What makes a church a church?
It’s more than a building. For months we did not worship in this building and yet we are still a church, though physical location, is significant for many.
The psalm with which we began our service today says, ‘I give you thanks, O LORD, with my whole heart; before the gods I sing your praise; I bow down towards your holy temple and give thanks to your name, (138:1-2). Today, the site of that temple and the city of Jerusalem, is a significant place for three religions: Christian, Jewish, and Muslim.
So maybe it’s ok that this listed building, with its John Dobson façade, and lovely interior, is part of what makes us a church.
But there’s more. Our Bible readings touch on two other aspects of being a church. First: being a people with a shared story.
The prophet, Isaiah, writing when Jews were without a temple building, exhorted them to remember their shared story: ‘Look to the rock from which you were hewn, and to the quarry from which you were dug. Look to Abraham your father, and Sarah who bore you.’ (51:1, 2)
Being people made of shared substance – “chips of the old rock”! – also features in our Gospel reading. Jesus inquires who people think he is, and hears that they are identifying him with characters in their shared Jewish story – Elijah, Jeremiah, one of the prophets. (16:14)
When Peter identifies Jesus as ‘the Messiah [or ‘the Christ’], as the Son of the living God’ (16:16), then Jesus declares, ‘I tell you, you are Peter [which means ‘stone’ or ‘rock’] and on this rock I will build my church … and I will give you the keys of the kingdom of heaven’ (16:18, 19)
As well as being a people with a building, we are people with a shared story. Churches are chips of the old block, or rock, along with Peter; those who share in the story of following Jesus, the Christ, the Messiah, the Son of the living God.
Being a church can be about a building. It’s certainly about being a people sharing in the ongoing story of Jesus. Then, thirdly, we’re not only a church with a building, and a church with a story, we’re a church which is a spiritual fellowship.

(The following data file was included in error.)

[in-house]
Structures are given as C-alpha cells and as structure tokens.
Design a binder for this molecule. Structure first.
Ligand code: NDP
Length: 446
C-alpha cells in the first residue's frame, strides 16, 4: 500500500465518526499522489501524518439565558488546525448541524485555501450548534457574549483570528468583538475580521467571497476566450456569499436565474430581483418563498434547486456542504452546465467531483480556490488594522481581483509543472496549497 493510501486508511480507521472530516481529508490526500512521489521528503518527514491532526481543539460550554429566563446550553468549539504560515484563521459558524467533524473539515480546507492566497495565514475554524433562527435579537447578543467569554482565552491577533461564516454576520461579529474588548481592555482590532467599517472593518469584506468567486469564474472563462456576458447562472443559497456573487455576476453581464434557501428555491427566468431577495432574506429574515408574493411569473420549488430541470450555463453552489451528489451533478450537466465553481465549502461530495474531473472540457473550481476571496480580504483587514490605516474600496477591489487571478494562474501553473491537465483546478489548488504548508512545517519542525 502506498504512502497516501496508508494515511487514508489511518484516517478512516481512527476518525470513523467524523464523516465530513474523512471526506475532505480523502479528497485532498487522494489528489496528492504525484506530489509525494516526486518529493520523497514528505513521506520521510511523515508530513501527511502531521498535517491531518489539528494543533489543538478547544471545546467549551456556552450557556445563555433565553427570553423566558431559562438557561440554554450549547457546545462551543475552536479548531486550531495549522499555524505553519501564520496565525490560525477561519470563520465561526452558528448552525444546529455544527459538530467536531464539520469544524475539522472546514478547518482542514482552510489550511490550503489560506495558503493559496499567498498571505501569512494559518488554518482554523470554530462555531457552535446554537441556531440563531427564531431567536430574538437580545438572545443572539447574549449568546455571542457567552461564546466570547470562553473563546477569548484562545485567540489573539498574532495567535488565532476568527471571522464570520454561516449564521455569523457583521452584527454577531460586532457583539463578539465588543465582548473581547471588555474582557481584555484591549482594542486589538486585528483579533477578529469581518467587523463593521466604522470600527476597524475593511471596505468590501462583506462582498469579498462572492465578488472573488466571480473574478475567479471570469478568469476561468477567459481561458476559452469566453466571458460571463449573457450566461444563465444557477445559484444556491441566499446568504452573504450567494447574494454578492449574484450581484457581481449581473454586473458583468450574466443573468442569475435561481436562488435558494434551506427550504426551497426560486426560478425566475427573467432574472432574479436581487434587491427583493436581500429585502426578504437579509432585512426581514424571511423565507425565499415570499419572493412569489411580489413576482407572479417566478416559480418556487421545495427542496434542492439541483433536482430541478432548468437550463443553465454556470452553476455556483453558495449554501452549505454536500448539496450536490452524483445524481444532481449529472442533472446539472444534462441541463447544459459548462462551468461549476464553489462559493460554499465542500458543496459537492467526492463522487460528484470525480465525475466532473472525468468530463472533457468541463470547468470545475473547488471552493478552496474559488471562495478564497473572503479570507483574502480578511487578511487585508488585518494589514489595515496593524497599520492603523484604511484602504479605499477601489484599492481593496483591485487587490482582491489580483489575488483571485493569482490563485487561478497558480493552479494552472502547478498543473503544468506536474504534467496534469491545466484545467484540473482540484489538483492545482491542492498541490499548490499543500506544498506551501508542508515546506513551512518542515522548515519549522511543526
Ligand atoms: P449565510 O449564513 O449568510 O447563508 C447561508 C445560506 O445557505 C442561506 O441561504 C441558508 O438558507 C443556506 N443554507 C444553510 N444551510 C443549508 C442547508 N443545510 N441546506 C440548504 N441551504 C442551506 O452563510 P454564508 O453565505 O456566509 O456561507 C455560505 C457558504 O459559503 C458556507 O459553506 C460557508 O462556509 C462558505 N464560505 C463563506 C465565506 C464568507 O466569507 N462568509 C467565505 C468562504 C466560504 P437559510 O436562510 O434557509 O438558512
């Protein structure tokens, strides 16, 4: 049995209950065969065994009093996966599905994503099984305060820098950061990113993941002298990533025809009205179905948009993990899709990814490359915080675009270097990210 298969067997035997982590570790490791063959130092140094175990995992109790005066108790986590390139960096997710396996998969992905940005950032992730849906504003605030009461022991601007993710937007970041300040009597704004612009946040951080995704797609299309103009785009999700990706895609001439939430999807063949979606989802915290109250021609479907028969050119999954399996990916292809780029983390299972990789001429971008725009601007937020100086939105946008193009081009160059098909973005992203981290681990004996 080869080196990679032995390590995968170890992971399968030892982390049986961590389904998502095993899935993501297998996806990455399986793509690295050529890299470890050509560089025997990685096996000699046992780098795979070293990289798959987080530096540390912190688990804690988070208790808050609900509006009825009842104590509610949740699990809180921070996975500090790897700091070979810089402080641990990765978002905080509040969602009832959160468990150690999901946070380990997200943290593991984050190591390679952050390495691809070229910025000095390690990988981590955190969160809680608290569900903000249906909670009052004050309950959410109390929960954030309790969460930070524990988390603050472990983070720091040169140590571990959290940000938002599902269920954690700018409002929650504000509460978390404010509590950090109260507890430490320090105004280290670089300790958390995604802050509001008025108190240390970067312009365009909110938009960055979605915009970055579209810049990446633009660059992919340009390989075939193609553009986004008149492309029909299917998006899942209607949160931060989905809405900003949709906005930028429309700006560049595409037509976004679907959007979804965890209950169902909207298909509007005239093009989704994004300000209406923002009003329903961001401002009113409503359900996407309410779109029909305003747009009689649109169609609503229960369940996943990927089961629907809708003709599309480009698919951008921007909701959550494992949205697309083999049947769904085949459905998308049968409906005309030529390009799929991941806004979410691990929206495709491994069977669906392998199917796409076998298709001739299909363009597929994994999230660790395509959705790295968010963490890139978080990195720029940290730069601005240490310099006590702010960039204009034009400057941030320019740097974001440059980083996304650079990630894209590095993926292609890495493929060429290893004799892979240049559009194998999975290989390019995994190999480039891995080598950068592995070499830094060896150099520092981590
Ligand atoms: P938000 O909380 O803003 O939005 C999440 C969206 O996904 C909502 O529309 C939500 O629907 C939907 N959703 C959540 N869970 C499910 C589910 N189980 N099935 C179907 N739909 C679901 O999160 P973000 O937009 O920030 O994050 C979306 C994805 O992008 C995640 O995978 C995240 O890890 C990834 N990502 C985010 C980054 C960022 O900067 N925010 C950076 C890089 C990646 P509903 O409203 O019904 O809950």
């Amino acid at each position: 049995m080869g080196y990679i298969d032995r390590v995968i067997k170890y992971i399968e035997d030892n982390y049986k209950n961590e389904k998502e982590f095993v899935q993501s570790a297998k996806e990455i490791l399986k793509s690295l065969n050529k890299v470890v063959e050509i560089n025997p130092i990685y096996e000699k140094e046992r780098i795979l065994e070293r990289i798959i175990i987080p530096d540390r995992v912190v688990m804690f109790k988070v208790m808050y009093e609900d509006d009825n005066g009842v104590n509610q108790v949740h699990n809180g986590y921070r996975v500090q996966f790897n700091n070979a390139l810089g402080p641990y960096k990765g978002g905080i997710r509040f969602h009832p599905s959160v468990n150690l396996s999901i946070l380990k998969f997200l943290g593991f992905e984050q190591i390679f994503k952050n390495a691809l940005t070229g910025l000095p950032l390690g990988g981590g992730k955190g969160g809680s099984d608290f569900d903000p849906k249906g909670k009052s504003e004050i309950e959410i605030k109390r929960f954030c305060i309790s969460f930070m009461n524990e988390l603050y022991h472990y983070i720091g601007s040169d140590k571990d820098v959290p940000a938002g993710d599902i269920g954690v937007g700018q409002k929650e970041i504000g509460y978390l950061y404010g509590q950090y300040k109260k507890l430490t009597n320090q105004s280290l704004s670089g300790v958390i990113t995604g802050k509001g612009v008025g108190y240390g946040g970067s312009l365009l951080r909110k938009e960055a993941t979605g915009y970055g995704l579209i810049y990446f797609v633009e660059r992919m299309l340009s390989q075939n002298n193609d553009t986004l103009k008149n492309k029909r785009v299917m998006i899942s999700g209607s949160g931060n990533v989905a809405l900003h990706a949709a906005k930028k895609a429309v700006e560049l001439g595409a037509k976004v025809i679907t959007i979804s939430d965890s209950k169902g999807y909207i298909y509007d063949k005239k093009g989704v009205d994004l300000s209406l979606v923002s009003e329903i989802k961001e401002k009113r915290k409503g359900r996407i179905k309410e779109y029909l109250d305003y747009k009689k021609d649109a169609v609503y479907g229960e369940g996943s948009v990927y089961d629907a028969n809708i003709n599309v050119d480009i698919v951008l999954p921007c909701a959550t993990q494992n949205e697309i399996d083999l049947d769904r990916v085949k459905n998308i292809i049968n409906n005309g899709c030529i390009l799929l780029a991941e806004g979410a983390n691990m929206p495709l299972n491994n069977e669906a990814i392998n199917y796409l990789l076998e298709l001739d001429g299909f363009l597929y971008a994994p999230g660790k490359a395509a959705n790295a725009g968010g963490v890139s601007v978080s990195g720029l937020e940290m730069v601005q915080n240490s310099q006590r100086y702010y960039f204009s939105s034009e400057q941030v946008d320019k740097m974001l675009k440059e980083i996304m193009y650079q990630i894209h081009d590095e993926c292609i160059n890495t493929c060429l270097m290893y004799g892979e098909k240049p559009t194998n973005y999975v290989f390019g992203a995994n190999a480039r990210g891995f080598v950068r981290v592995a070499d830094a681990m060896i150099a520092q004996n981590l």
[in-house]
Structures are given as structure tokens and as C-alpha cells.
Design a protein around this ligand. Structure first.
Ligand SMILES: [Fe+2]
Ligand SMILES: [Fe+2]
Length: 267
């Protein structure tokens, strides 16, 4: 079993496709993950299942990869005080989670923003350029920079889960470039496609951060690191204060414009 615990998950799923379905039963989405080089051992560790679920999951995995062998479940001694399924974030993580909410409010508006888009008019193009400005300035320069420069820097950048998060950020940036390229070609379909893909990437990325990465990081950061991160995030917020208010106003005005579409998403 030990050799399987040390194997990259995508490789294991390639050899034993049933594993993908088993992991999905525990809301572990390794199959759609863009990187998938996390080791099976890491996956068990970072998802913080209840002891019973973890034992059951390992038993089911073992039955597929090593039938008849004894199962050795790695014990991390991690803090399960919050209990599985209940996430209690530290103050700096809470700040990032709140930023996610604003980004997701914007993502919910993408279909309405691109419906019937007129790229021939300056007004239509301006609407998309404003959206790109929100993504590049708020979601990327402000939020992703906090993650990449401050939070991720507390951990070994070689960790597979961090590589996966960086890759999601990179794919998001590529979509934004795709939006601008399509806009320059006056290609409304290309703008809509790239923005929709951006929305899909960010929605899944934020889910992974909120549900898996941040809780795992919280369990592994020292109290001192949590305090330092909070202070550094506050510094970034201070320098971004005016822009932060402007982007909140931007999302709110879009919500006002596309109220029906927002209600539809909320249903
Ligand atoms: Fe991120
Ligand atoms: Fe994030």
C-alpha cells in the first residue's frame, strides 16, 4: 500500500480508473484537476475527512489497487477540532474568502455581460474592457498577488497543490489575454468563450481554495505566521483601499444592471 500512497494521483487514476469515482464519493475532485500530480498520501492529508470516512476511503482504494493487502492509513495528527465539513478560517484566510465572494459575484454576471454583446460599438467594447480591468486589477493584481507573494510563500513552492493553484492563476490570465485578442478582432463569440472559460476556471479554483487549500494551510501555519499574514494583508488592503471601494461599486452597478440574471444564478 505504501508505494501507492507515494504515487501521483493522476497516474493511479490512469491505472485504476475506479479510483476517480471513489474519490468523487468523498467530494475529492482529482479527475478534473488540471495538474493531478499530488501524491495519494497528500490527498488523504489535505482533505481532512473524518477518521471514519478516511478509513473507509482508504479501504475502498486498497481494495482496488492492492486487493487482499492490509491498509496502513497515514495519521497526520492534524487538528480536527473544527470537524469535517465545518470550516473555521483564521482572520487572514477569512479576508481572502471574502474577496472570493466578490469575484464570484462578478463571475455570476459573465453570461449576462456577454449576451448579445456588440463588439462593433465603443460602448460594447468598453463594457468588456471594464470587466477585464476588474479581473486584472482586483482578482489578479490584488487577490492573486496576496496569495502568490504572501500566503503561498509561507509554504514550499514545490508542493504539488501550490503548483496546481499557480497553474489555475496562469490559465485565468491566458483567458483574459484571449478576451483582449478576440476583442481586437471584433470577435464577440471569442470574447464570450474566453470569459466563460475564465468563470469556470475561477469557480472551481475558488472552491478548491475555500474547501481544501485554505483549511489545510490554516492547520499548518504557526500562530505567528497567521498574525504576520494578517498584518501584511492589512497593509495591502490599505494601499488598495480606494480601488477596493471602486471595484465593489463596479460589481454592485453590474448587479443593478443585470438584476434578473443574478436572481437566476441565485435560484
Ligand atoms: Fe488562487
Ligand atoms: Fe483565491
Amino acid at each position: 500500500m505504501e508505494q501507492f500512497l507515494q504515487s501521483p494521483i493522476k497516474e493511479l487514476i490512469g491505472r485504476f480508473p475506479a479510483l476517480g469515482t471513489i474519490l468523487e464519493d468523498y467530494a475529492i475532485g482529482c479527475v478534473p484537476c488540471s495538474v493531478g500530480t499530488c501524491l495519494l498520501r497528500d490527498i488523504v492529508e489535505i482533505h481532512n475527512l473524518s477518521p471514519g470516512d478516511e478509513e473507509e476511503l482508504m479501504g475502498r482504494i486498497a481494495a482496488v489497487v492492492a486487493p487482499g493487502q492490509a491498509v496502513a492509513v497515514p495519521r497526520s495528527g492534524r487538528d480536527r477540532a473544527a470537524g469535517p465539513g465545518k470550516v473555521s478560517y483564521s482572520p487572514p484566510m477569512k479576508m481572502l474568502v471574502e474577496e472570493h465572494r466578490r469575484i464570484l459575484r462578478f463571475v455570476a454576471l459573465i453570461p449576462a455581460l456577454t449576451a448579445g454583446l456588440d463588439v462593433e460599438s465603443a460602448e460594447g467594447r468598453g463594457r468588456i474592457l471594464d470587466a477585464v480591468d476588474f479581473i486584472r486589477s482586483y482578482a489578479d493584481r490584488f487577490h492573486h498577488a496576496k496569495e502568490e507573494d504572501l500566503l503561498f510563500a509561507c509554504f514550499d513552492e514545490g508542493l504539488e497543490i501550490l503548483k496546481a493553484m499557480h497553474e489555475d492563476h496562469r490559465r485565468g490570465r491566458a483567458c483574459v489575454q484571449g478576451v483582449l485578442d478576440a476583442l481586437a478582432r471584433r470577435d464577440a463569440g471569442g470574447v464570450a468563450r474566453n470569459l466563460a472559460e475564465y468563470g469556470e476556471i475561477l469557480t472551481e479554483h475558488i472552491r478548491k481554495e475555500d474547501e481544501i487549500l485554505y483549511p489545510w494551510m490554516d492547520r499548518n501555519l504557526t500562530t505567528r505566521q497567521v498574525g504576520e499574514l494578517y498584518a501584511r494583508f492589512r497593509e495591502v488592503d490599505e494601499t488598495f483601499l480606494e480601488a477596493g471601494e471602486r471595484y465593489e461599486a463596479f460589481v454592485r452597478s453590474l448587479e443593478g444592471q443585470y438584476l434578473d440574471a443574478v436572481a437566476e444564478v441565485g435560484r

Writing to Christians in Rome – who shared in a story, but didn’t have a church building – Saint Paul described them as ‘one body in Christ’ (12:5); a living, breathing entity of many parts, so wrapped up in the story of Jesus they were his body here on earth. But they didn’t just share a story from the past. They were gifted by God’s Holy Spirit today, for ministry in the here and now.
I used to live near the Church of St Mary the Virgin, Iffley, on the edge of Oxford. It contains a stained-glass window with a picture of a dove, representing the Holy Spirit. There are seven rays of light descending from dove, a reference to seven gifts of the Spirit. In the history (or shared story) of the Church there are different schemes that suggest different combinations of gifts to reach this magic number.
Writing to the Christians in Rome, Paul says, ‘we have gifts that differ according to the grace given to us: prophecy, in proportion to faith; ministry in ministering; the teacher, in teaching; the exhorter, in exhortation; the giver, in generosity; the leader, in diligence; the compassionate, in cheerfulness’ (12:6-8).
Prophecy, ministry, teaching, exhortation, generous giving, diligent leadership, compassion: spiritual gifts for the life of the church.
So, what makes a church a church?
First, perhaps place makes a church – it’s often part of the deal, though not essential.
Second, our shared story makes us a church – chips of the old rock of Abraham and Sarah; chips of the old rock of Peter and all who have followed and proclaimed Jesus as the Christ, the Son of the living God.
Third, being a spiritual fellowship makes us a church, generously equipped by God with all sorts of gifts for being God’s people in God’s world today.
These are the things that make this church a church.
O God, pour out your gifts upon this fellowship, as we follow and tell of the story of your Son, Jesus Christ, both today and in the future, in this place and every place. Amen.